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What is Drug Addiction Treatment?

Because drug addiction is typically a chronic disorder characterized by occasional relapses, a short-term, one-time treatment is usually not sufficient. For many, treatment is a long-term process that involves multiple interventions and regular monitoring.

There are a variety of evidence-based approaches to treating addiction. Drug treatment can include behavioral therapy (such as individual or group counseling, cognitive therapy, or contingency management), medications, or their combination. The specific type of treatment or combination of treatments will vary depending on the patient's individual needs and, often, on the types of drugs they use. The severity of addiction and previous efforts to stop using drugs can also influence a treatment approach. Finally, people who are addicted to drugs often suffer from other health (including other mental health), occupational, legal, familial, and social problems that should be addressed concurrently.

The best programs provide a combination of therapies and other services to meet an individual patient's needs. Specific needs may relate to age, race, culture, gender, pregnancy, other drug use, comorbid conditions (e.g., depression, HIV), parenting, housing, and employment, as well as physical abuse history.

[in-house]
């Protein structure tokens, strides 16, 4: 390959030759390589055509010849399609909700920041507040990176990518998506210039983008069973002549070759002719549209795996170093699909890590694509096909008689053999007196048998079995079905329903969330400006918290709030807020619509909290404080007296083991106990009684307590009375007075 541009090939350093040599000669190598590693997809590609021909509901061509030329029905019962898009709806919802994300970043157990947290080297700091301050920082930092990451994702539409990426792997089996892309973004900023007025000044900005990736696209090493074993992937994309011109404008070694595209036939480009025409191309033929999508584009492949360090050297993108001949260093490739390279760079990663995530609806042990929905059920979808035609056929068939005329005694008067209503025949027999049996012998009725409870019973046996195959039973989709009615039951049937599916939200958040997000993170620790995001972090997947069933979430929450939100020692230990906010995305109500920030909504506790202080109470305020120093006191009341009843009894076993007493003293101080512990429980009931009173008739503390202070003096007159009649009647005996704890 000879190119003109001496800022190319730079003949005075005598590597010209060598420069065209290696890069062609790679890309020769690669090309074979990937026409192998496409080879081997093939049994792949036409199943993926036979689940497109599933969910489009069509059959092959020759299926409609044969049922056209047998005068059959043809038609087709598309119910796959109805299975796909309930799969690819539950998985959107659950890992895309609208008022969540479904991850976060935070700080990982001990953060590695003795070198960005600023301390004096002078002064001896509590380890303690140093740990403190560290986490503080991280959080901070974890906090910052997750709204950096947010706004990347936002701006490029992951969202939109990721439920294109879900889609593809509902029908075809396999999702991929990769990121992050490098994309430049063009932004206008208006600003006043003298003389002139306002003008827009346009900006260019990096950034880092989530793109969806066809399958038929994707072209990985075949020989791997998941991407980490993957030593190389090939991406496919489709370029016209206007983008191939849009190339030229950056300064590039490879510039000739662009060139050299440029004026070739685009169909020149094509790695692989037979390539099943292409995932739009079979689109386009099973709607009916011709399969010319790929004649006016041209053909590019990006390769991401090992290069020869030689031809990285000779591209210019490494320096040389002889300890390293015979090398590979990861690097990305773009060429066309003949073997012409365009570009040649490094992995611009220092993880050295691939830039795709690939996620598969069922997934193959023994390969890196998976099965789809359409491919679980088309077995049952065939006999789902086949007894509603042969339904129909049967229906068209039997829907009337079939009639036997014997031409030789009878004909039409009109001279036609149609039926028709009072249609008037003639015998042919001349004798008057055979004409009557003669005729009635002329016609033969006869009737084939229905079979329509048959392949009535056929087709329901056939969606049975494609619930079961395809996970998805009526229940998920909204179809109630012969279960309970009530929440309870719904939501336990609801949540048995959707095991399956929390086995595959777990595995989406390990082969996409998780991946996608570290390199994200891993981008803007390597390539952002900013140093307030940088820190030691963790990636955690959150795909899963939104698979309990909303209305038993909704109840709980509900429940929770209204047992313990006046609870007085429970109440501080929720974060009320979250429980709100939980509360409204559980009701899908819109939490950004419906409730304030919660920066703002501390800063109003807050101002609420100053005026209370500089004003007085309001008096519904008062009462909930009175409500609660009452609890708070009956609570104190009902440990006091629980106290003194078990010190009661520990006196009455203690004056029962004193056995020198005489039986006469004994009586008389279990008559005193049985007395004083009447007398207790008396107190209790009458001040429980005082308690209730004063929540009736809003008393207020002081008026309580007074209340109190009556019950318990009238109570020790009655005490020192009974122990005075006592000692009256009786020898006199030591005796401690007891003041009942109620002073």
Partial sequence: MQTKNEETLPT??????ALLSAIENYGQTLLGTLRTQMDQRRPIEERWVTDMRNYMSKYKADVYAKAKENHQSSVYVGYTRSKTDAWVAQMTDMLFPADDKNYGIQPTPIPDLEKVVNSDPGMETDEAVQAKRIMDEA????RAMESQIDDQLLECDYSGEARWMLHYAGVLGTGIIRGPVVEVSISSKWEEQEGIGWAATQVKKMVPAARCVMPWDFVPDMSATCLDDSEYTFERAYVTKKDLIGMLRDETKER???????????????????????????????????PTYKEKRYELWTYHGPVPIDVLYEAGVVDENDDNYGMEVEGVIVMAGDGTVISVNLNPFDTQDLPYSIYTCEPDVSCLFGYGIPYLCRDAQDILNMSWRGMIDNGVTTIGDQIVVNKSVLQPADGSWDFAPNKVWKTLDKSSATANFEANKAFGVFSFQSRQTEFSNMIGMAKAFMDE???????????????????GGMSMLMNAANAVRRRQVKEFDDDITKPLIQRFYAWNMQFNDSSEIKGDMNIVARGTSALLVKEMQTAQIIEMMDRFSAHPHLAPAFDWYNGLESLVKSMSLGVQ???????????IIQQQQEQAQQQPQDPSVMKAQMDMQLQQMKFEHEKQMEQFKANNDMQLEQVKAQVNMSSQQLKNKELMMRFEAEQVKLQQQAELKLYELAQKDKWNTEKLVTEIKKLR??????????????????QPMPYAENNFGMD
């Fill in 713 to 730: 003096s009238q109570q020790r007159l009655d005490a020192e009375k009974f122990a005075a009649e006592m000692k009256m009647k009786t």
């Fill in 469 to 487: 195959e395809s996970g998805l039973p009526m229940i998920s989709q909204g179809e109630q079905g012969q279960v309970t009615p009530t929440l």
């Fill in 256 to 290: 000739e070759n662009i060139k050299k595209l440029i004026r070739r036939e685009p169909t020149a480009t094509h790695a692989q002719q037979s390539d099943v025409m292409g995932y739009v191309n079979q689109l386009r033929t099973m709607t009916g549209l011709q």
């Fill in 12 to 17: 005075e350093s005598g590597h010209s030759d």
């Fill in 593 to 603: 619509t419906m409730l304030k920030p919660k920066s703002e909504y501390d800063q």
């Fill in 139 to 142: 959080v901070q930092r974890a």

Drug addiction treatment can include medications, behavioral therapies, or their combination.

Treatment medications, such as methadone, buprenorphine, and naltrexone, are available for individuals addicted to opioids, while nicotine preparations (patches, gum, lozenges, and nasal spray) and the medications varenicline and bupropion are available for individuals addicted to tobacco. Disulfiram, acamprosate, naltrexone, and topiramate are medications used for treating alcohol dependence, which commonly co-occurs with other drug addictions. In fact, most people with severe addiction are polydrug users and require treatment for all substances abused. Even combined alcohol and tobacco use has proven amenable to concurrent treatment for both substances.

Psychoactive medications, such as antidepressants, anti-anxiety agents, mood stabilizers, and antipsychotic medications, may be critical for treatment success when patients have co-occurring mental disorders, such as depression, anxiety disorders (including post-traumatic stress disorder), bipolar disorder, or schizophrenia.


* Source: www.nida.nih

345 View | 08-08-2014 | 13:15


 
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